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Conversations in Tusculum

Theatre Review by Matthew Murray


Brian Dennehy and Aidan Quinn.
Photo by Michal Daniel.

How many people would place Julius Caesar at the top of their list of favorite Shakespeare plays? Its cloakroom intrigue makes for some riveting moments, but does it trump the lush, purposeful romanticism of Romeo and Juliet, the epic sweep of Hamlet, or the nimble unpredictability of A Midsummer Night's Dream? It's hard to imagine it making anyone's short list. Conversations in Tusculum, Richard Nelson's new spin on Caesar at The Public Theater's Anspacher Theater, Shakespeare's history-tragedy is looking better every day. Friends, New Yorkers, countrymen, lend me your ears! This is the most mind-meltingly boring play New York has suffered in seasons.

Nelson's self-directed insomnia cure finds the greatest minds of 45 B.C. locked in a series of informal debates about Caesar, the man they all abhor. While safely ensconced in the Roman suburb Tusculum (which in scenic designer Thomas Lynch's conception looks like a hippy-minimalist living room), away from the eyes and ears of their ever-nosy nemesis, they endlessly expound on their ruler-cum-God, the slavery that's resulted from the supposed freedoms he's imposed, and every other subject that comes to mind.

Brutus (Aidan Quinn) and his brother-in-law Cassius (David Strathairn) intone volumes about the injustice of Caesar's justice, and how he forever pits them against one another. Sympathizer Cicero (Brian Dennehy) can't stop fretting over impending public outrage due to his writings, his withering marriage (to a 17-year-old), and his flailing sexual prowess. Anti-establishment actor Syrus (Jeremy Strong, replacing Joe Grifasi at the performance I attended) won't stop babbling about needing a place to stay. The women, Brutus's wife Porcia (Gloria Reuben) and mother Servilia (Maria Tucci), pick up the slack whenever the men's self-medicating chatter ceases.

Despite words, words, words enough to send the Prince of Denmark into hysterics, little is said and less is accomplished. Every character pontificates on the immediacy of his or her concerns, but all are so lethargic about their positions and their prospects that there's no question their souls have already been stifled beyond repair. This could be interesting in the right circumstances, with these people longing for action they're too numbed to take. And some stories on the periphery are captivating enough to percolate briefly to the surface: Caesar's borderline insanity (one character grumbles about his naming a month after himself) and the message-sending suicide of Porcia's dissident father each have the potential to shine new light on the Caesar we thought we knew.

Nelson displays no particular energy or interest in exploring either the incapacitating effects of chronic ennui or the centuries-spanning implications of Caesar's calamitous reign. From the opening drumbeats of Brutus and Cassius's early secret collusion to the final images of Syrus's incendiary closing monologue, Nelson's target more resembles the sitting American President than the Roman dictator for life for whom the only remedy is murder. (President Bush's White House occupancy ends, per the Constitution, in less than a year.)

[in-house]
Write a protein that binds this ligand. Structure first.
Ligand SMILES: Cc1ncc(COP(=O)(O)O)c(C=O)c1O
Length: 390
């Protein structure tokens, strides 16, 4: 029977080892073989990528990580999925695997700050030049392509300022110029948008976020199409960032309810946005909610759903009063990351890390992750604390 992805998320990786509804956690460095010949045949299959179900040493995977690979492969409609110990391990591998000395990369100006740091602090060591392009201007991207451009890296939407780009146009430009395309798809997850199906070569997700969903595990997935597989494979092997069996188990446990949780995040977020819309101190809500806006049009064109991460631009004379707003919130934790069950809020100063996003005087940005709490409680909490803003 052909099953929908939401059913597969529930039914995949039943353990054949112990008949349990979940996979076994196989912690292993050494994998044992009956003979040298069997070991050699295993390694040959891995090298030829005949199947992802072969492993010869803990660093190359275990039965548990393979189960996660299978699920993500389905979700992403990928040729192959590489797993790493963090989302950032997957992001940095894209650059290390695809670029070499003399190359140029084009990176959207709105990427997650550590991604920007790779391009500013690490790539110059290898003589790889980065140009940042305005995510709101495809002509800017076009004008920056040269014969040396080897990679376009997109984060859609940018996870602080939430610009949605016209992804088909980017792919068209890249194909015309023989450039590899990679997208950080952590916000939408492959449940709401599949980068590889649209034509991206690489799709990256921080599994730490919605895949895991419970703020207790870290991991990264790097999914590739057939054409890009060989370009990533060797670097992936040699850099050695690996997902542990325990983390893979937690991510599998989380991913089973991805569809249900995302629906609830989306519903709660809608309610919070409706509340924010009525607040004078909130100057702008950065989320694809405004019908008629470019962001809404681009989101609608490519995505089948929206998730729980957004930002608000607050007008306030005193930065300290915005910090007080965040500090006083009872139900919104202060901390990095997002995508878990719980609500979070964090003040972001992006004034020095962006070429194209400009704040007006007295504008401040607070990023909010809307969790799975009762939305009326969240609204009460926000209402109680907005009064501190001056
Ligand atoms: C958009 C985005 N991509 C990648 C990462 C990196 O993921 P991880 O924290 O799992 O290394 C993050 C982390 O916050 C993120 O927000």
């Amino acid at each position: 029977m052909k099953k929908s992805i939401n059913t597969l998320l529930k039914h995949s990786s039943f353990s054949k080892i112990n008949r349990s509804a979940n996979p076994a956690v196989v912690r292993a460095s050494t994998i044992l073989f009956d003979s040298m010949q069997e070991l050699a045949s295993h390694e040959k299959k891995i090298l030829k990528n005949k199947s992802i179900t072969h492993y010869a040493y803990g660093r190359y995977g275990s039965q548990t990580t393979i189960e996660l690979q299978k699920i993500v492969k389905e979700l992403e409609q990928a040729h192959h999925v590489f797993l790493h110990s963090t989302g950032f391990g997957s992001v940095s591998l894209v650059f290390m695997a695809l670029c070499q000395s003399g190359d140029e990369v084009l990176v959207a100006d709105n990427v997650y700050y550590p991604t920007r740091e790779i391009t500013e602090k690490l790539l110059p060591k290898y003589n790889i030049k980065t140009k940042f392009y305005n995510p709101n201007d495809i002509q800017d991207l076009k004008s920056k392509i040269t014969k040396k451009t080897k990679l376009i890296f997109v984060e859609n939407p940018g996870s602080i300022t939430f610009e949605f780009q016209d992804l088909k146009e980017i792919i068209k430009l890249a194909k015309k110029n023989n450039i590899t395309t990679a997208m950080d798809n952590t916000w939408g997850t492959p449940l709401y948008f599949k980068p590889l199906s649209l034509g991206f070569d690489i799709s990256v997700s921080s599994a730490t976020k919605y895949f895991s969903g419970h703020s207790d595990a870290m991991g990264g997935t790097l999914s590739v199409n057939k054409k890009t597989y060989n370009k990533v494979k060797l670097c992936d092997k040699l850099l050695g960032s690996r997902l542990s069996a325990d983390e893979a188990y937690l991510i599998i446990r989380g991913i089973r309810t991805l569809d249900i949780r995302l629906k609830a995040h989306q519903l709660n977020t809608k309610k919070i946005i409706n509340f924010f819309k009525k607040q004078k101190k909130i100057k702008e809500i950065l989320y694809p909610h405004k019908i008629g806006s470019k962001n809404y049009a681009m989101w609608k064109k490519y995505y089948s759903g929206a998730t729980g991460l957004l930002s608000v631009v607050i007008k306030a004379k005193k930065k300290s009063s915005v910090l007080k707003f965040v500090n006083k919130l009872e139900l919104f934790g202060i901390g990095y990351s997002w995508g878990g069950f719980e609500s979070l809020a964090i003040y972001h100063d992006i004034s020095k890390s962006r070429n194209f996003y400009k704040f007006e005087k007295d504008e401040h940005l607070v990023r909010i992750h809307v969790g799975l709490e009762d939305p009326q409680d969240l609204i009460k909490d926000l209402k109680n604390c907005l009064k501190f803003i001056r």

If such political commentary, however thinly veiled, is worthwhile theatrical fodder, it shouldn't be deadly. But this evening is so stultifying, you can't even appreciate it as a showcase for the superb performers tangled up in it. You can admire individual elements - the smoldering embers at Quinn's core, Reuben's stature, Tucci's quiet dignity - but they add up to nothing. When a potential firebrand like Dennehy is lethargic to the point of anesthesia, unable to transcend the paper-pushing limitations of the high-thinking man he's playing, something is clearly wrong.

That something is implicit in the play's title, which is as bull's-eye accurate as it is threateningly portentous. In Conversations in Tusculum, discussion is its own reward, something that very rarely holds true for audiences unless the play in question has been penned by someone like Michael Frayn or Tom Stoppard. Those two men have strong understandings of how to imbue intellectual dialogue with tension and humor enough to supplement whatever might be missing in the action proper.

Nelson lacks their skill of judging the difference between the act of talking and talk of acting. This results in a play that rattles off countless questions about weighty topics, but leaves you wondering only where you can find a production of Julius Caesar and where you can find a bed.


Conversations in Tusculum
Through March 30
Public Theater, 425 Lafayette Street
Tickets online and current Performance Schedule: Public Theater


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